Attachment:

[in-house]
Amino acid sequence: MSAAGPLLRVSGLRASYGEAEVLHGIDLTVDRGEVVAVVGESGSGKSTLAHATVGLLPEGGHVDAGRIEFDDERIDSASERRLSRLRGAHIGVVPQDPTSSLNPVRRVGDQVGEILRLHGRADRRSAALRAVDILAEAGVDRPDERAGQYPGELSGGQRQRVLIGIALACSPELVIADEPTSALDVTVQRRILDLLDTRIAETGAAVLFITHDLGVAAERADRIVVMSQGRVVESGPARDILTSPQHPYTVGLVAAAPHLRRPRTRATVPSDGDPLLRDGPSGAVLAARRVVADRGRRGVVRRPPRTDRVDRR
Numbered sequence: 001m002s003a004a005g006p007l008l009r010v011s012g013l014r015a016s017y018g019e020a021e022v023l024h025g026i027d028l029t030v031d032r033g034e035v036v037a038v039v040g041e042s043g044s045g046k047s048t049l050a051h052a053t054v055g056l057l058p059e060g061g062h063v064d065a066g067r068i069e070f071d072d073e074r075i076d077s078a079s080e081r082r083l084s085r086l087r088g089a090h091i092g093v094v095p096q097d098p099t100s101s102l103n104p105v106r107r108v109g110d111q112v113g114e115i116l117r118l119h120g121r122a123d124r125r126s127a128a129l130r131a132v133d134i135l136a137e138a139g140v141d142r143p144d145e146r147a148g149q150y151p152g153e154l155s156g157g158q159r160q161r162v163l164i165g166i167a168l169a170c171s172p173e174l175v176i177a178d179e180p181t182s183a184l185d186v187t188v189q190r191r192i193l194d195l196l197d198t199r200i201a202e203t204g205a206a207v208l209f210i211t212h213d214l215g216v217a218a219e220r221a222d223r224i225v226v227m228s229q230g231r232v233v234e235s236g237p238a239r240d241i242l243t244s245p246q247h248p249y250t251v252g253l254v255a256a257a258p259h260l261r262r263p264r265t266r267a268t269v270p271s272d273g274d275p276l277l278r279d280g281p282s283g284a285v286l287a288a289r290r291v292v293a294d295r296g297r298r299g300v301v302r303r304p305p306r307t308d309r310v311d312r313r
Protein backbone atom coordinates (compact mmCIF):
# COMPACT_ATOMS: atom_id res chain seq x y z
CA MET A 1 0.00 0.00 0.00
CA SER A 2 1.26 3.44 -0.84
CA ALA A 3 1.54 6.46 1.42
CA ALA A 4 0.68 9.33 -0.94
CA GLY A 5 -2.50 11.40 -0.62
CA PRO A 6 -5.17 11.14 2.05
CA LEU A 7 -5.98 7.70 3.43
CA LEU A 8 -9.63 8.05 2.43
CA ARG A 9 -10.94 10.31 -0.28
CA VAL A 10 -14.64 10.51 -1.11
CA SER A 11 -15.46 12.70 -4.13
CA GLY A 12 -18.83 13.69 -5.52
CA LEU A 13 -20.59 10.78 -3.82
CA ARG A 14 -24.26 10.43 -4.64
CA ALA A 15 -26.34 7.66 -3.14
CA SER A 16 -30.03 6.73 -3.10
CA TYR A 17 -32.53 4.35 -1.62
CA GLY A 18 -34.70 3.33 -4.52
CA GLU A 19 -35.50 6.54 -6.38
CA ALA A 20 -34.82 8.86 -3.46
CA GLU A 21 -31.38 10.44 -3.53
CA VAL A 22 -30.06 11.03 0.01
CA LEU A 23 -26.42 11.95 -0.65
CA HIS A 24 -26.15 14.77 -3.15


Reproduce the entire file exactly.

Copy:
[in-house]
Amino acid sequence: MSAAGPLLRVSGLRASYGEAEVLHGIDLTVDRGEVVAVVGESGSGKSTLAHATVGLLPEGGHVDAGRIEFDDERIDSASERRLSRLRGAHIGVVPQDPTSSLNPVRRVGDQVGEILRLHGRADRRSAALRAVDILAEAGVDRPDERAGQYPGELSGGQRQRVLIGIALACSPELVIADEPTSALDVTVQRRILDLLDTRIAETGAAVLFITHDLGVAAERADRIVVMSQGRVVESGPARDILTSPQHPYTVGLVAAAPHLRRPRTRATVPSDGDPLLRDGPSGAVLAARRVVADRGRRGVVRRPPRTDRVDRR
Numbered sequence: 001m002s003a004a005g006p007l008l009r010v011s012g013l014r015a016s017y018g019e020a021e022v023l024h025g026i027d028l029t030v031d032r033g034e035v036v037a038v039v040g041e042s043g044s045g046k047s048t049l050a051h052a053t054v055g056l057l058p059e060g061g062h063v064d065a066g067r068i069e070f071d072d073e074r075i076d077s078a079s080e081r082r083l084s085r086l087r088g089a090h091i092g093v094v095p096q097d098p099t100s101s102l103n104p105v106r107r108v109g110d111q112v113g114e115i116l117r118l119h120g121r122a123d124r125r126s127a128a129l130r131a132v133d134i135l136a137e138a139g140v141d142r143p144d145e146r147a148g149q150y151p152g153e154l155s156g157g158q159r160q161r162v163l164i165g166i167a168l169a170c171s172p173e174l175v176i177a178d179e180p181t182s183a184l185d186v187t188v189q190r191r192i193l194d195l196l197d198t199r200i201a202e203t204g205a206a207v208l209f210i211t212h213d214l215g216v217a218a219e220r221a222d223r224i225v226v227m228s229q230g231r232v233v234e235s236g237p238a239r240d241i242l243t244s245p246q247h248p249y250t251v252g253l254v255a256a257a258p259h260l261r262r263p264r265t266r267a268t269v270p271s272d273g274d275p276l277l278r279d280g281p282s283g284a285v286l287a288a289r290r291v292v293a294d295r296g297r298r299g300v301v302r303r304p305p306r307t308d309r310v311d312r313r
Protein backbone atom coordinates (compact mmCIF):
# COMPACT_ATOMS: atom_id res chain seq x y z
CA MET A 1 0.00 0.00 0.00
CA SER A 2 1.26 3.44 -0.84
CA ALA A 3 1.54 6.46 1.42
CA ALA A 4 0.68 9.33 -0.94
CA GLY A 5 -2.50 11.40 -0.62
CA PRO A 6 -5.17 11.14 2.05
CA LEU A 7 -5.98 7.70 3.43
CA LEU A 8 -9.63 8.05 2.43
CA ARG A 9 -10.94 10.31 -0.28
CA VAL A 10 -14.64 10.51 -1.11
CA SER A 11 -15.46 12.70 -4.13
CA GLY A 12 -18.83 13.69 -5.52
CA LEU A 13 -20.59 10.78 -3.82
CA ARG A 14 -24.26 10.43 -4.64
CA ALA A 15 -26.34 7.66 -3.14
CA SER A 16 -30.03 6.73 -3.10
CA TYR A 17 -32.53 4.35 -1.62
CA GLY A 18 -34.70 3.33 -4.52
CA GLU A 19 -35.50 6.54 -6.38
CA ALA A 20 -34.82 8.86 -3.46
CA GLU A 21 -31.38 10.44 -3.53
CA VAL A 22 -30.06 11.03 0.01
CA LEU A 23 -26.42 11.95 -0.65
CA HIS A 24 -26.15 14.77 -3.15